My sister told me to watch the animation ‘Coco’ on @disneyplus. And I’ll be honest, the idea of the Día de Muertos (Day of the Dead) kind of had me shook, initially. I am so glad I watched it. It is so incredible. That culture, the ofrenda is so incredible. I only know now what it means because I took the time to understand it.
There is a line in there which says,
“…when there is no one left in the living world who remembers you, you disappear. We call it the final death.”
It made me think about what happens when we don’t equate entire cultures to their own sustainability in the mainstream living spaces. When we create a false idea of who is the teacher and who is the pupil. We slowly erase the contribution those cultures have made to sustainability, until we only remember what we declared. That a certain part of the world teaches another part of the world how to be sustainable. We didn’t create regenerative, circular economy or intersectionality from our own minds. We just get to wear the winners sash because we are the loudest, biggest and most ‘powerful’.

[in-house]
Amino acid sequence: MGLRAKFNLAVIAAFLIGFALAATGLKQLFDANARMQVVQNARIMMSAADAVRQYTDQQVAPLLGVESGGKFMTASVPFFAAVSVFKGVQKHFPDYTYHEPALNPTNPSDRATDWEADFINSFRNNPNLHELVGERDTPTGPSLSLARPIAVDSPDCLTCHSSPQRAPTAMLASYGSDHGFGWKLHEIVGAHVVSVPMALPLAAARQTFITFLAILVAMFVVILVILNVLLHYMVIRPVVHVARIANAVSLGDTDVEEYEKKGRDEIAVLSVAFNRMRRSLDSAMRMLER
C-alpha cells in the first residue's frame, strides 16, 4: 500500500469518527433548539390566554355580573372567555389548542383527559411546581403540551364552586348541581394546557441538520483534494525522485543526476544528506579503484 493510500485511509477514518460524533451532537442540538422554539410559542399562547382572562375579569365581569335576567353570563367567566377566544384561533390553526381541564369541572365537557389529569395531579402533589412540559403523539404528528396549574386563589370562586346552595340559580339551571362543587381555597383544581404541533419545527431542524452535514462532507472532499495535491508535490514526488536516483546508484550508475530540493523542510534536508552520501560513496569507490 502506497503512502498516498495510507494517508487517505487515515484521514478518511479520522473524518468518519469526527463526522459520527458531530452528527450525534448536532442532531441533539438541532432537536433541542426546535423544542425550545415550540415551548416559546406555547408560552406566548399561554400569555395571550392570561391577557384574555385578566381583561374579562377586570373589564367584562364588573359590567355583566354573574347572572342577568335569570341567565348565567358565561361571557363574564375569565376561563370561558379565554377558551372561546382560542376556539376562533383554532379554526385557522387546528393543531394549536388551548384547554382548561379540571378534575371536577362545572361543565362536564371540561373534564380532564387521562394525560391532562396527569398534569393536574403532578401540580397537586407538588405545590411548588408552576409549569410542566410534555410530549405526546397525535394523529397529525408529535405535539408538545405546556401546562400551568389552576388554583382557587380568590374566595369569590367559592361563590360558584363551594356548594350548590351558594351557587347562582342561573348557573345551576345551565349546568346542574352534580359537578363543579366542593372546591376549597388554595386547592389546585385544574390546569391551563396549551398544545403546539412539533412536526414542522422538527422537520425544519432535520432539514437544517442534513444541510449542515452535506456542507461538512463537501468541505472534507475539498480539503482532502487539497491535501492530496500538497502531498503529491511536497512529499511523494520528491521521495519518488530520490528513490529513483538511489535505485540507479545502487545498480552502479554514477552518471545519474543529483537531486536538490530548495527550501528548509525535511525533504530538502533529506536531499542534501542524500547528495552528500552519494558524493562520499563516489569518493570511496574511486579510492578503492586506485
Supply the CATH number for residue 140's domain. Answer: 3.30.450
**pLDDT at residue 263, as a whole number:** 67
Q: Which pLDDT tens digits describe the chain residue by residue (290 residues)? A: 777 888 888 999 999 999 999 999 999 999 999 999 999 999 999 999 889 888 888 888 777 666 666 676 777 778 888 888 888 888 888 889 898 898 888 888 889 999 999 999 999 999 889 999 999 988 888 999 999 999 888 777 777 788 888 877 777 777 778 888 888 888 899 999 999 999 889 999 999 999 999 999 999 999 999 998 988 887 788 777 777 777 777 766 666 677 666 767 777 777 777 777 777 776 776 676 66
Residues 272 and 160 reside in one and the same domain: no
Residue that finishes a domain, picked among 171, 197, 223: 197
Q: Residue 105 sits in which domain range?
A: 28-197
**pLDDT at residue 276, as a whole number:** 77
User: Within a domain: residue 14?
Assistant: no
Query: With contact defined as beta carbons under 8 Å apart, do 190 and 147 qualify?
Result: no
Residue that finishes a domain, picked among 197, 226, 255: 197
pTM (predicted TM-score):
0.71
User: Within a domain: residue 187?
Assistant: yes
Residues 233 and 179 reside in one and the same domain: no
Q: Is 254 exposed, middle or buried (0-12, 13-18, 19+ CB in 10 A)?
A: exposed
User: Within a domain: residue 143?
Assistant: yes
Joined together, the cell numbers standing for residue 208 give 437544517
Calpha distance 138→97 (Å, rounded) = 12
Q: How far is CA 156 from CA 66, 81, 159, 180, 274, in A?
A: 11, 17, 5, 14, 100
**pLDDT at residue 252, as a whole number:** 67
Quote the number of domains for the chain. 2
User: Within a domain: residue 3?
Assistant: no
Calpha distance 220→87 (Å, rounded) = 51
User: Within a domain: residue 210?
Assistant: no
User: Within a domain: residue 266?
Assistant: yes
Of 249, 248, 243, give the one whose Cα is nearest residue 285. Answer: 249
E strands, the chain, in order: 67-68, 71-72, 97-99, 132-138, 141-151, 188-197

I am really passionate about cultural and global sustainability as you might have realised. My mission statement, my calling, is to really help people connect the dots between themselves, their culture and sustainability as a global conversation. To question, always, who is the teacher? Who is the pupil? I think about this a lot recently as a new mum. I have much to teach my son, but I have as much to learn from him too. Me not being aware of that fact hurts the two of us.
I have some exciting work coming out over the next few weeks including projects with some powerful intersectional environmentalists and @RedCarpetGreenDress. Work that looks at language, culture and global sustainability. Just remember, you heard it here first.